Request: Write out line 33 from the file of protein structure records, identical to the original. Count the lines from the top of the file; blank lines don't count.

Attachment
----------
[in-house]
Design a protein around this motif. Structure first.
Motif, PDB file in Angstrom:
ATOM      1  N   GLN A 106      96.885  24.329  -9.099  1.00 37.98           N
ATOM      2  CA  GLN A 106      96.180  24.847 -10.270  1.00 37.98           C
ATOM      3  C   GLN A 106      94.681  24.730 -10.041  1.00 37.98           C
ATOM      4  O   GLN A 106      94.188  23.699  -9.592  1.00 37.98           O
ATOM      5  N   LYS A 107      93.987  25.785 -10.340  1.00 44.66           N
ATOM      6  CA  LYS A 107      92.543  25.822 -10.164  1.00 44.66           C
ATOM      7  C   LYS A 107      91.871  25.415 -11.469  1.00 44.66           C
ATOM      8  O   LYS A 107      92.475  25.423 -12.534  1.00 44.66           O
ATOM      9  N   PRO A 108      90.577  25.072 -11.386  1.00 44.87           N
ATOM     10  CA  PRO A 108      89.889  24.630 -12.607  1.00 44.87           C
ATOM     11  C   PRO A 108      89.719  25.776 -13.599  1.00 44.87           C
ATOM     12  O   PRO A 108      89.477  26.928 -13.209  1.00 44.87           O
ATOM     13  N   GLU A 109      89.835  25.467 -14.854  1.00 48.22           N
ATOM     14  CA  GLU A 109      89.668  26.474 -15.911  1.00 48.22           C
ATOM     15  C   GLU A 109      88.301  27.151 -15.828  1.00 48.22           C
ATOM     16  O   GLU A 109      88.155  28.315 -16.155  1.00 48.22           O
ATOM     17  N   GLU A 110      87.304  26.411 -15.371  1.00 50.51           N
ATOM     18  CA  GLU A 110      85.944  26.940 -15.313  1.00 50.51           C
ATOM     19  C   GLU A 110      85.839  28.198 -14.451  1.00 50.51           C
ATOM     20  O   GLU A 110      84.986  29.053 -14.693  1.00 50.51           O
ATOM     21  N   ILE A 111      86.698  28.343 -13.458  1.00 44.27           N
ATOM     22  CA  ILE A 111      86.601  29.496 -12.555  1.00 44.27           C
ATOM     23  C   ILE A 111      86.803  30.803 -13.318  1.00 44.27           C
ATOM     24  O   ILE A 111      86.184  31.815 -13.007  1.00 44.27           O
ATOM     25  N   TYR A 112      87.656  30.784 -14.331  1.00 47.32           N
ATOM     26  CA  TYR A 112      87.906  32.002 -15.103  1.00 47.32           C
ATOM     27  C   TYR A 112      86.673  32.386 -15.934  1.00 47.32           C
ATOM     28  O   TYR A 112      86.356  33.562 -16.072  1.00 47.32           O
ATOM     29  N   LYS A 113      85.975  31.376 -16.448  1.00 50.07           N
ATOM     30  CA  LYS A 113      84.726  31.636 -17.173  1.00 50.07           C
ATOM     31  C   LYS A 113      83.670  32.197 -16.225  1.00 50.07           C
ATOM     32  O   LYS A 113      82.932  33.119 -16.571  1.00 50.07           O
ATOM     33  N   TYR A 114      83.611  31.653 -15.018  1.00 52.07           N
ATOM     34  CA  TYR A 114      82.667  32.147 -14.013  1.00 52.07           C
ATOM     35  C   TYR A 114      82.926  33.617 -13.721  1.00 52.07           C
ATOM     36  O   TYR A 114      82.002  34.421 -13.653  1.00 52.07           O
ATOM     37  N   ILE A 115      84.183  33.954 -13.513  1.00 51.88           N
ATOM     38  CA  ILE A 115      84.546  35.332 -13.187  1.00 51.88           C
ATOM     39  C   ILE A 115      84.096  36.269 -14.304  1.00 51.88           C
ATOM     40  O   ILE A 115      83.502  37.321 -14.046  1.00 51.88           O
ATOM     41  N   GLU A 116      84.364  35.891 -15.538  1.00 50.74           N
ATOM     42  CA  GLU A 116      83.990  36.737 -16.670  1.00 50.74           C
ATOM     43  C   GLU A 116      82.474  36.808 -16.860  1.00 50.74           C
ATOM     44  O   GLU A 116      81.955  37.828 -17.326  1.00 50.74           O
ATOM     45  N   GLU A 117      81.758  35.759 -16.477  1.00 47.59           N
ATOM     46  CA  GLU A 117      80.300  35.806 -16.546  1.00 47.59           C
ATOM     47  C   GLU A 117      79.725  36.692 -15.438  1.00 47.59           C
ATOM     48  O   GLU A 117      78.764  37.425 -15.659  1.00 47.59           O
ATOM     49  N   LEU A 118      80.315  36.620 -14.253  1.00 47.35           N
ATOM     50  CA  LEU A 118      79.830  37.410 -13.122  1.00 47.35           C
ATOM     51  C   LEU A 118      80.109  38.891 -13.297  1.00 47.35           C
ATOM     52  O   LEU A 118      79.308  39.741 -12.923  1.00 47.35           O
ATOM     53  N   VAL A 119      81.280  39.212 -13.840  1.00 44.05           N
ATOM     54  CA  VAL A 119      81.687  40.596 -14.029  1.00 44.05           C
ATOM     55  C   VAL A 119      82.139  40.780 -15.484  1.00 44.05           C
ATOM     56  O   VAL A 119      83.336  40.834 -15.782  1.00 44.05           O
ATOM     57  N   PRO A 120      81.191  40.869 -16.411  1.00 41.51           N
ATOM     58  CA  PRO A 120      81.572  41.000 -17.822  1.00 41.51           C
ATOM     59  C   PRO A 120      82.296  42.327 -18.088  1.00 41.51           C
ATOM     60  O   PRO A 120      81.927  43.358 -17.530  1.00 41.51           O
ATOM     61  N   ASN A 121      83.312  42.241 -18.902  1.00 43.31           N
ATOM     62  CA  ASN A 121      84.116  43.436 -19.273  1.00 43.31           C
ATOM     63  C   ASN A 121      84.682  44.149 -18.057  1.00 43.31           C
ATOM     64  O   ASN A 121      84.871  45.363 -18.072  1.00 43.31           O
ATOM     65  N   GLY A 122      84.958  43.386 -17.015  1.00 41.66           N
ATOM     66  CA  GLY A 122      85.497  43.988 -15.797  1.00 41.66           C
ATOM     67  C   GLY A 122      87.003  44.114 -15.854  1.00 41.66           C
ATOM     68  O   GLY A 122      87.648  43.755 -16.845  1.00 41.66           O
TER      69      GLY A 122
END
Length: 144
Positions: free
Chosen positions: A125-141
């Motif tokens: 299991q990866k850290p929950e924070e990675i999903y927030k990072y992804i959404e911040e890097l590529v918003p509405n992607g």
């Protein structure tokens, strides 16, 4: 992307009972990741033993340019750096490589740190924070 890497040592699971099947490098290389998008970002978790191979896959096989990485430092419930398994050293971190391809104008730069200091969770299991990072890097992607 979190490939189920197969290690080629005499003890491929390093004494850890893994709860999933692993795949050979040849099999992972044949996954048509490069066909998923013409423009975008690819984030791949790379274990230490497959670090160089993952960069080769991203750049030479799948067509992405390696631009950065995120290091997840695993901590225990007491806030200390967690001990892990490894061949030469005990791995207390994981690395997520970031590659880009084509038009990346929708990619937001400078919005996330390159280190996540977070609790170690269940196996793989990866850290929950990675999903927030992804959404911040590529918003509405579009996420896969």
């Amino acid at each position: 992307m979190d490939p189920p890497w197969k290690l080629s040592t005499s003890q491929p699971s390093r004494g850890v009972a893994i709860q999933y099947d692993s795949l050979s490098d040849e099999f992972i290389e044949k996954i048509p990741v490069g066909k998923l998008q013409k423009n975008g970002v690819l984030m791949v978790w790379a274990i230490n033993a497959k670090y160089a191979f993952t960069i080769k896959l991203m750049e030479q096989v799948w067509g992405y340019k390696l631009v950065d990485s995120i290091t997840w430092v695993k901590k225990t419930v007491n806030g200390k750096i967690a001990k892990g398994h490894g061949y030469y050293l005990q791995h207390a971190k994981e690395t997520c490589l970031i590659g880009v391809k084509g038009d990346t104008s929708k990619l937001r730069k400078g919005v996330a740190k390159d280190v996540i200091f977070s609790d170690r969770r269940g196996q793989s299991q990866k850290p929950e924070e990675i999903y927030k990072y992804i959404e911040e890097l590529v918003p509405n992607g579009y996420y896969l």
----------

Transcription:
ATOM     30  CA  LYS A 113      84.726  31.636 -17.173  1.00 50.07           C